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Pandemic growing slowly in most countries, US still grappling with worst outbreak

Some 3,116,398 people are now infected with the new coronavirus and a total number of 217,153 others have so far died of the illness caused by the virus (COVID-19) around the world, according to data collected by Johns Hopkins University.

More than one million people — roughly one third of the global toll — are infected in the United States, making it the worst-hit country in the world.

The US now has the highest death toll, at 59,266, followed by Italy with 26,977 deaths.

The other nations with death tolls topping 20,000 are France with 23,261 deaths, Spain with 23,190, and the United Kingdom with 21,092.

Here are updates from around the world:

China, the first ever nation to report the disease, confirmed 22 new cases on Tuesday. The figure brought the mainland’s total to 82,858 cases, according to the National Health Commission.

Reporting no additional deaths, the country’s death toll stands at 4,633.

In the latest sign of improvement from the epidemic, China’s parliament will hold its annual meeting on May 22, two months later than it was originally planned.

The 13th National People’s Congress, to be held in the capital, Beijing, can now go ahead as the coronavirus situation in the country has improved, according to the official Xinhua news agency.

China’s top political consultative body, the Chinese People’s Political Consultative Conference, has also proposed to start its annual session on May 21.

Typically, more than 5,000 people gather in Beijing from all over the country for 10 days for the two sessions.

It was not clear how long the two meetings would last this year.

The capital is now under strict quarantine rules for anyone entering the city from elsewhere.

The pandemic in Europe

The coronavirus epidemic has so far claimed the lives of 126,422 people and infected over 1,322,706 others across Europe.

The most deaths have occurred in Italy, and the United Kingdom has had the highest daily number of deaths for the past five consecutive days.

Britain reported 161,145 cases and 21,678 deaths as of Tuesday.

“The United Kingdom is going to be right up there among the worst-hit nations in the initial surge,” said Bill Hanage, an associate professor of epidemiology at Harvard’s T.H. Chan School of Public Health.

Italy reported another 2,091 new cases of COVID-19 on Tuesday, bringing its total number of known cases to 201,505.

With another 382 deaths, the country’s tally also reached to 27,359.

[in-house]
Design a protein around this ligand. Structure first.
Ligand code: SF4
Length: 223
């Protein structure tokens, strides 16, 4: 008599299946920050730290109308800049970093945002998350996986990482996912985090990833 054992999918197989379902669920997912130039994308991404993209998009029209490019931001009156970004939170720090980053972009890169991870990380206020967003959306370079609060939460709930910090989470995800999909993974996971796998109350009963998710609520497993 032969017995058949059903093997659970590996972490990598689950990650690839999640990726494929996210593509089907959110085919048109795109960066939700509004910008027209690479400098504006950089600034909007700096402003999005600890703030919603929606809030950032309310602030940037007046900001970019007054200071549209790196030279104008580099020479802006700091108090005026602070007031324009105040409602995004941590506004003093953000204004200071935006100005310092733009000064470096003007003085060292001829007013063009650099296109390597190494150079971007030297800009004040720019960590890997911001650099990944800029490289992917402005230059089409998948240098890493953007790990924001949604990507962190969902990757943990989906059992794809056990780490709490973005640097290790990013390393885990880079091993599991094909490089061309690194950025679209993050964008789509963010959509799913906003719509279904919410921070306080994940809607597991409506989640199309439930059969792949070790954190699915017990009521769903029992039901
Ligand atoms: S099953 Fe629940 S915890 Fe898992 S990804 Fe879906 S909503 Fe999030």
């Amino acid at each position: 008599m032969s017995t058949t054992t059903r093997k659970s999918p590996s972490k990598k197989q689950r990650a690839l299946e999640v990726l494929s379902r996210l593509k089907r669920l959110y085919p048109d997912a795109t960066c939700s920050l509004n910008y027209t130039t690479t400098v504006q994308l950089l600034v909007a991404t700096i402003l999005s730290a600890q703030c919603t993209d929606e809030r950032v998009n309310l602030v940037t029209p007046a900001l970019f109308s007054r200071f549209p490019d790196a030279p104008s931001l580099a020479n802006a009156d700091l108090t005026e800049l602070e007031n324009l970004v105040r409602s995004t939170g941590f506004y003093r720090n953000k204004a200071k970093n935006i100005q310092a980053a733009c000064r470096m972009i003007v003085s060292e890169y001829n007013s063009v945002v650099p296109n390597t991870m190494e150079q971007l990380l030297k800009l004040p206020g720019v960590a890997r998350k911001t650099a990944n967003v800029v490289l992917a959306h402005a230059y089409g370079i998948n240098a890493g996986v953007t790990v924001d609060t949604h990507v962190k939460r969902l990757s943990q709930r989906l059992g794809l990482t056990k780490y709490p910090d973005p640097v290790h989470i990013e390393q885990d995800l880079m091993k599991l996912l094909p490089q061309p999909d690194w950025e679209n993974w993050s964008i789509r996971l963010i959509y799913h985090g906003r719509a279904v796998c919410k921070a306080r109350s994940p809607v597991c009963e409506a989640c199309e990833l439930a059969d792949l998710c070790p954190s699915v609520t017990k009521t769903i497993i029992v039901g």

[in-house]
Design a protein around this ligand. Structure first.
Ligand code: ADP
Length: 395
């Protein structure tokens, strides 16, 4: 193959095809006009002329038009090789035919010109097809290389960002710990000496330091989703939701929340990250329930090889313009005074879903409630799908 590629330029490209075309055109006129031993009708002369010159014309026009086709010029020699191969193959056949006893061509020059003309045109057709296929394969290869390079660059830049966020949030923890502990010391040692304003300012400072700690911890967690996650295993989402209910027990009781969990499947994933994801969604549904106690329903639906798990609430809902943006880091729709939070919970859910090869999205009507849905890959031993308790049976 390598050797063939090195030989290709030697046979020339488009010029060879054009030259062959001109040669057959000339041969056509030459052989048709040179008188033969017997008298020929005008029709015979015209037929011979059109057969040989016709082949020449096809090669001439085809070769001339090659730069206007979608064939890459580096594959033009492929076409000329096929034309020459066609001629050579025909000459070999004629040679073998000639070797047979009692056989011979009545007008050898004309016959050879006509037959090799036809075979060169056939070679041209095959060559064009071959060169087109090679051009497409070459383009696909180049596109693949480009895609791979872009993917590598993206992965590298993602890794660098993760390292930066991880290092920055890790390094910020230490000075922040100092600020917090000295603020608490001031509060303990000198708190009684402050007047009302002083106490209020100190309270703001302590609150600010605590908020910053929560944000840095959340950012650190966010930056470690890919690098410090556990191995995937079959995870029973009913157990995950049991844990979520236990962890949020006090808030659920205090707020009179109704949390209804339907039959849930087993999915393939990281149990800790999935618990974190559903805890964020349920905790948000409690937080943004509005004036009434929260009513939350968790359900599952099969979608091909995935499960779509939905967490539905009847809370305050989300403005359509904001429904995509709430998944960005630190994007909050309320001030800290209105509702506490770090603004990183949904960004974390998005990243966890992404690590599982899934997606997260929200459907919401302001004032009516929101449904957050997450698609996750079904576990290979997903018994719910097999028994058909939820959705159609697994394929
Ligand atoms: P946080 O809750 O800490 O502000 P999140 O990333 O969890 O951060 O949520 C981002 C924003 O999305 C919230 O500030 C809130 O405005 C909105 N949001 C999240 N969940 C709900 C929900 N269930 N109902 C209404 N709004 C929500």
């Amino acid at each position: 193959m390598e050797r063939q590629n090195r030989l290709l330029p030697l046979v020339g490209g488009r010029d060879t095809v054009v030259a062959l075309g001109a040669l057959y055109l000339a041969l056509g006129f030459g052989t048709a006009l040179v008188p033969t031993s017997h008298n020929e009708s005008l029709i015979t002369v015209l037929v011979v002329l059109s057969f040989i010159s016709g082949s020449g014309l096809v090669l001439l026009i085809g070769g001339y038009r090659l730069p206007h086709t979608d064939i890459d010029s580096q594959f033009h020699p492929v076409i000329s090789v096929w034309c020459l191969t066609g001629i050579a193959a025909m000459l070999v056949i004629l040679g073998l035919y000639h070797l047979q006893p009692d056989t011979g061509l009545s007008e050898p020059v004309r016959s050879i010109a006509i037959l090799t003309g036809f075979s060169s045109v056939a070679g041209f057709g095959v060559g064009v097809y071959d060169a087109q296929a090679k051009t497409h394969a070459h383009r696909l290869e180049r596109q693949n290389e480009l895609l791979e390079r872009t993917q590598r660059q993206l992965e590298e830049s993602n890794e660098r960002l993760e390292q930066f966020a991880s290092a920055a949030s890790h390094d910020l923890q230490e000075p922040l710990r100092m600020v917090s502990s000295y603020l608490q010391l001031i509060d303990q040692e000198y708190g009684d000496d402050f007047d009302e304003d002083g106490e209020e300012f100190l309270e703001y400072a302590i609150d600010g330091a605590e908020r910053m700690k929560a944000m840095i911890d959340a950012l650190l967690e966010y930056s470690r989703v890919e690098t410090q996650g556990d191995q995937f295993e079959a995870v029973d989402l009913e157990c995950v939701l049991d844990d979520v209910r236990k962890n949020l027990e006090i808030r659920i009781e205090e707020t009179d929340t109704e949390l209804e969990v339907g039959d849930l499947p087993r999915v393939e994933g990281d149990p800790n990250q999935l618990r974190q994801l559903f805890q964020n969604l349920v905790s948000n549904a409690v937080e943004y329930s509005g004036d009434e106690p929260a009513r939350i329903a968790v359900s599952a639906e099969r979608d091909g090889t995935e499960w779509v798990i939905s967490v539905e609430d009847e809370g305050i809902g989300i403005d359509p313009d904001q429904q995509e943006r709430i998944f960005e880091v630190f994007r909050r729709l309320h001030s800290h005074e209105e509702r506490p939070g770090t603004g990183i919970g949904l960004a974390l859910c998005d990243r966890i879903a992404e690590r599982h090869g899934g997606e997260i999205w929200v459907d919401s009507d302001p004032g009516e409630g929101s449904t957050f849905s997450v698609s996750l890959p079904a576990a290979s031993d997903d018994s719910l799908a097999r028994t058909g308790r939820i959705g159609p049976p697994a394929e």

Meanwhile, the government has started to take highly cautious steps to slowly end the country’s lockdown, which was enforced seven weeks ago.

Italian Prime Minister Giuseppe Conte said strict curbs would be eased from May 4, when parks, factories, and construction sites are scheduled to reopen.

Spain recorded a drop in the number of both new cases and deaths, according to health officials, who reported 301 new deaths and 1,308 more cases on Tuesday.

The figures brought the country’s tallies to 23,822 deaths and 210,773 cases.

The number is less than a third of a record high of 950 in early April. This has prompted the government to announce a four-phase plan to lift one of the toughest lockdowns in the continent. Prime Minister Pedro Sanchez has said the lifting of the restrictions would begin on May 4 and the country would return to normal life by the end of June.

In Germany, confirmed cases rose by 1,304 on Tuesday, taking the total to 157,641.

Health officials also reported 202 more deaths, taking the toll to 6,115, according to the country’s infectious diseases institute, Robert Koch Institute.

Meanwhile, France’s death toll rose by 367 to 23,660 on Tuesday.

The number of positive cases also increased by 1,520 to hit a total of 129,859, according to the French Health Ministry.

The death toll has increased 1.6 percent compared to Monday, with the rate slightly slowing over 24 hours.

However, France would not end its lockdown restrictions unless the number of new cases drops below 3,000 per day, said Prime Minister Edouard Philippe.

Russia’s confirmed coronavirus cases rose to 6,411 on Tuesday, bringing the nationwide tally to 93,558.

Meanwhile, President Vladimir Putin extended the national “non-working” month through May 11, as health officials register increases in COVID-19 cases. Putin warned that his country had yet to see the peak of its outbreak.

Russia now ranks eighth in the world for the virus infections.

Dutch health officials confirmed 171 new cases on Tuesday, taking the total to 38,416, with 48 new deaths, which brings the Netherlands’ tally to 4,566.

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